I have posted here four excerpts from our extended interview.

In the first excerpt Shawn talks about how when you are put on GPS you feel like the Department of Corrections “just turned my family’s house into another cell.” He spoke about the difficulties many families have with a loved one who is stuck in the house all day.  They need “breathing room” as he puts it, but there is little to be found.

In the second video, he talks about trying to find work while wearing an ankle bracelet.  The first obstacle he notes is that many people have a difficult time getting permission to leave the house to go to a job interview or even for the actual work shift. Then many employers will turn you away when they see that ankle bracelet.  He advises women going for job interviews while on monitoring to wear anything but a dress.

In the third video, he talks about the financial burden of being on GPS or the tether.  Many people don’t realize that those on monitoring have to pay a daily fee that may run into the thousands over the course of a year.  While Shawn’s estimates varied a little during the interview, he estimated his total costs were up to $6,000 for his year on monitoring.  Others have reported paying about $13 a day for GPS which comes to about $4,745 for a year. Some systems also require a land line, which is an additional cost.  Regardless of the exact amounts, the costs are considerable for a cohort that is largely unemployed or working in low-paying, part-time jobs. Those who can’t pay, have to work it off through doing community service.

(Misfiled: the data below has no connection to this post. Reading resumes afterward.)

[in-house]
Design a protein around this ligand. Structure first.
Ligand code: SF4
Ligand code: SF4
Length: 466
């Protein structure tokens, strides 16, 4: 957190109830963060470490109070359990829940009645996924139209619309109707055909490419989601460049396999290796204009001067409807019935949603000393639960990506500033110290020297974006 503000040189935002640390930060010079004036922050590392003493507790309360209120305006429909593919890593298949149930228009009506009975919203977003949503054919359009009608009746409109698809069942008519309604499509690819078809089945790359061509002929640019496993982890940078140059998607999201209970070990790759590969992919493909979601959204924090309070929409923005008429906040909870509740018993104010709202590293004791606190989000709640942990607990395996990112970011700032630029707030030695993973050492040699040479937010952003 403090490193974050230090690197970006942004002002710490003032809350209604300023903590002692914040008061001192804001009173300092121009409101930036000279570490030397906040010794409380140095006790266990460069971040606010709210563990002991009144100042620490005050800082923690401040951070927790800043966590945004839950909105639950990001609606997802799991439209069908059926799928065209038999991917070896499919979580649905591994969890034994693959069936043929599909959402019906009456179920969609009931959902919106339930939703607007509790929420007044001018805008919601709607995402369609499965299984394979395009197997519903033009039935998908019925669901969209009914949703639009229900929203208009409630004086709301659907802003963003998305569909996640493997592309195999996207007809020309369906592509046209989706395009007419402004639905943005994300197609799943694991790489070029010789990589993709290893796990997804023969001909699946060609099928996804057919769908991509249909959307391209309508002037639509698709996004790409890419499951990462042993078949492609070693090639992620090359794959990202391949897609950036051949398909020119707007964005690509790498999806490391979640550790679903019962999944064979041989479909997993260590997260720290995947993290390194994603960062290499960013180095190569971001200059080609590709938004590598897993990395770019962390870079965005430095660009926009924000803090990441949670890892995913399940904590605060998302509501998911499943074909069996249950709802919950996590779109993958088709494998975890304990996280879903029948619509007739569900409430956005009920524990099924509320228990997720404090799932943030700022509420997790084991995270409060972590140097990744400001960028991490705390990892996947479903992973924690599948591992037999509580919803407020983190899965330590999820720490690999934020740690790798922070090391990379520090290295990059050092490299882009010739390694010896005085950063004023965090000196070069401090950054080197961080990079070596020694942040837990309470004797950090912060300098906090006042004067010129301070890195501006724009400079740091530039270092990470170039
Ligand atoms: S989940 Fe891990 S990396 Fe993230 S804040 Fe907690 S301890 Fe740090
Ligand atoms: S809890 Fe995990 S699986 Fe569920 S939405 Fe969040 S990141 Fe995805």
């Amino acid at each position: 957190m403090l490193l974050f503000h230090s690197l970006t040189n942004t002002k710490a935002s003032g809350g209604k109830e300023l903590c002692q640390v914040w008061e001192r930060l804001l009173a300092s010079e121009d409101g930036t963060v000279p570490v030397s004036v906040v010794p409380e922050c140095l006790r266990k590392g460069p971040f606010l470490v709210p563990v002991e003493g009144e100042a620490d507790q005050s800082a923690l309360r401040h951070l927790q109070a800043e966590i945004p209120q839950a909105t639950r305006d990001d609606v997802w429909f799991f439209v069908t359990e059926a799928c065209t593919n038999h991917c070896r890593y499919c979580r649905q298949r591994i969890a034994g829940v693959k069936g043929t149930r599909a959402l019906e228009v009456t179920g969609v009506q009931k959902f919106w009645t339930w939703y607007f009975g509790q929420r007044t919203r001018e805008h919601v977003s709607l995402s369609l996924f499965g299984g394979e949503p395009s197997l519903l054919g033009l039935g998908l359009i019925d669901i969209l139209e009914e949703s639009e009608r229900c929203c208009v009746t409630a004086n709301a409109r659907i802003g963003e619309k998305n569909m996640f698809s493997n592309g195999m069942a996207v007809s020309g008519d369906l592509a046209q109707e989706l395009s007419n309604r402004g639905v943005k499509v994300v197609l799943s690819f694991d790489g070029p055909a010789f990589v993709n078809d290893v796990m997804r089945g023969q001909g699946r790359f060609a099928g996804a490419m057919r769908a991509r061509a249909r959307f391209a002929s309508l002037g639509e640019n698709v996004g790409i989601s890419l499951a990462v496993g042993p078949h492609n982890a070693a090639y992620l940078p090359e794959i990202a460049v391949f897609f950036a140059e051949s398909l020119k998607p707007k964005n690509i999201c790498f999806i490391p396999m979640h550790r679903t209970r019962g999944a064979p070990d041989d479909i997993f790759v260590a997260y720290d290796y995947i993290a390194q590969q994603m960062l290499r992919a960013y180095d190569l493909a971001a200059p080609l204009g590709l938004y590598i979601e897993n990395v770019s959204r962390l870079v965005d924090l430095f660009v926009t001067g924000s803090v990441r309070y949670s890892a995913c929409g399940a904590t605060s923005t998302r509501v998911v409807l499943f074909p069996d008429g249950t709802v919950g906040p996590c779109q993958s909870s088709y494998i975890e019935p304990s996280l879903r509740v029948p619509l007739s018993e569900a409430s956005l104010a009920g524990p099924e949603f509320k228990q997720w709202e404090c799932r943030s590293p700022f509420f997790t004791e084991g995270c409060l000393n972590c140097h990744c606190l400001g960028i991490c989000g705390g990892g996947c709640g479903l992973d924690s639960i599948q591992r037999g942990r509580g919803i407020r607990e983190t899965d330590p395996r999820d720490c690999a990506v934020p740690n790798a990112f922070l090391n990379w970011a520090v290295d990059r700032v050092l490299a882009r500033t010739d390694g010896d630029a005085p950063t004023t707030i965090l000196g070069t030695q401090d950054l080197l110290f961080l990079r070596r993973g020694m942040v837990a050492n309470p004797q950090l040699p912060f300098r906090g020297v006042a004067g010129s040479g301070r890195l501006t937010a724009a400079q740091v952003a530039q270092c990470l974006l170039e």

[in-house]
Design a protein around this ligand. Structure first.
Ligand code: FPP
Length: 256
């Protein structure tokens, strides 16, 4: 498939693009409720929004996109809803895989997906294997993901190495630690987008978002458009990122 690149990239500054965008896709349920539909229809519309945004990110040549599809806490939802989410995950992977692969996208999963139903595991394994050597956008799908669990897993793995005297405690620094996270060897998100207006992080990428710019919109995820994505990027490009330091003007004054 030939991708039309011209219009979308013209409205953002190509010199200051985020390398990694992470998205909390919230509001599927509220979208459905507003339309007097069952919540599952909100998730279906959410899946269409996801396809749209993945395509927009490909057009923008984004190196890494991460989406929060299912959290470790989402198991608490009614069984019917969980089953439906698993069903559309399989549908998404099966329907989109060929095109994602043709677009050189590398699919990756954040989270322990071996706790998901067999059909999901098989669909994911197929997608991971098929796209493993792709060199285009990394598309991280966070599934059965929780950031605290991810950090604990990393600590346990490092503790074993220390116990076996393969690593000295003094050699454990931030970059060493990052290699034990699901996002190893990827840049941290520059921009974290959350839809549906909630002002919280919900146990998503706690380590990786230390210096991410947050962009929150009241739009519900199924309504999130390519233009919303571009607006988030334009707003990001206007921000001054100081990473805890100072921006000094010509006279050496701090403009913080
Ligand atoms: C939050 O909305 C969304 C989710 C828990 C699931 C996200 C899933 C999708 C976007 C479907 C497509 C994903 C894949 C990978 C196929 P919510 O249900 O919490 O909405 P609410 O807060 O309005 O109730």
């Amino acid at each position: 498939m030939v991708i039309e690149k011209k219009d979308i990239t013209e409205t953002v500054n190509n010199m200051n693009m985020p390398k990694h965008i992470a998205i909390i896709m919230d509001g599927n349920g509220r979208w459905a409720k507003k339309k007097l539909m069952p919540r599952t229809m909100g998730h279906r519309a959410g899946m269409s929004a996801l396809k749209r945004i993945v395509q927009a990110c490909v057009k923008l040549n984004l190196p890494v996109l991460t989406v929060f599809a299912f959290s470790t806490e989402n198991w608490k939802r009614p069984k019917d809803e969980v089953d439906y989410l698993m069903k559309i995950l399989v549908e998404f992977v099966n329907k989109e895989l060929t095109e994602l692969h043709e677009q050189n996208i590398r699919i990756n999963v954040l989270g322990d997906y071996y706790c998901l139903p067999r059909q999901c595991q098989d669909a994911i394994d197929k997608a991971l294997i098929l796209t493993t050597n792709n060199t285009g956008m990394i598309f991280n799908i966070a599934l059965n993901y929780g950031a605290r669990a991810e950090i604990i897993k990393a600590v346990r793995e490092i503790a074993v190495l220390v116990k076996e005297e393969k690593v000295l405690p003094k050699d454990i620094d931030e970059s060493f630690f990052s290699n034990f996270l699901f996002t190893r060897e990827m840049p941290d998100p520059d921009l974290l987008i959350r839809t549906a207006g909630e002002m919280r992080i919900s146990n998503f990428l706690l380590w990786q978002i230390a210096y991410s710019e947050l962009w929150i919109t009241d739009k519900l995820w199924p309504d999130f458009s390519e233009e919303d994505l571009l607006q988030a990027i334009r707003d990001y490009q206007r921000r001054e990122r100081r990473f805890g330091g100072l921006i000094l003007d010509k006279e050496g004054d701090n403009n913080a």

In the final video, Shawn responds to my question of what advice he would give to the Michigan Department of Corrections (MDOC) about how they should run their program of electronic monitoring. His answers may come as bit of a surprise to people, especially those in the MDOC itself.

This interview is part of my research project, Monitoring the Monitors.  One of the key goals of this project is to present the stories of those on electronic monitoring-how it effects their daily lives, the job chances, their relationships, their chances of transitioning to the streets.

Electronic Monitoring: “Another burdensome condition of extending their incarceration”

Richard Stapleton Reflects on Decades of  Working with Michigan’s Electronic Monitoring Program

map of michigan[Here I present the highlights of my July 2013 interview with Richard Stapleton. Mr. Stapleton worked for the Michigan Department of Corrections (MDOC) for 34 years, retiring in 2011. He served as the MDOC’s Administrator for Legal Affairs and  was deeply involved in the state’s electronic monitoring program. He took  part in policy development and was a member of a legislative Task Force on monitoring in 2010. His comments give us a unique perspective on how electronic monitoring has become increasingly punitive and less frequently implemented as an “alternative to incarceration.”]

Michigan has one of the largest and most longstanding electronic monitoring (EM) programs in the country.  The MDOC began using monitoring in the mid-1980s. Since then the program has grown steadily. According to MDOC figures, there were 5,117 people in Michigan on electronic monitoring as of April 1, 2013. 79% of these were on parole.

 During our conversation, Stapleton highlighted the origins of monitoring as a vehicle targeted at “community status prisoners,” people who had not completed their sentence and were released into the community to do the rest of their time.  In those days, when they finished their sentence, they went off EM and transferred to normal parole without monitoring. Stapleton believes electronic monitoring can be effective in such circumstances.  He argues that it should serve primarily as an “alternative to incarceration.”  Compared to incarceration he says that “a year on the tether at home is great for the family, great for the community, great for the offender.”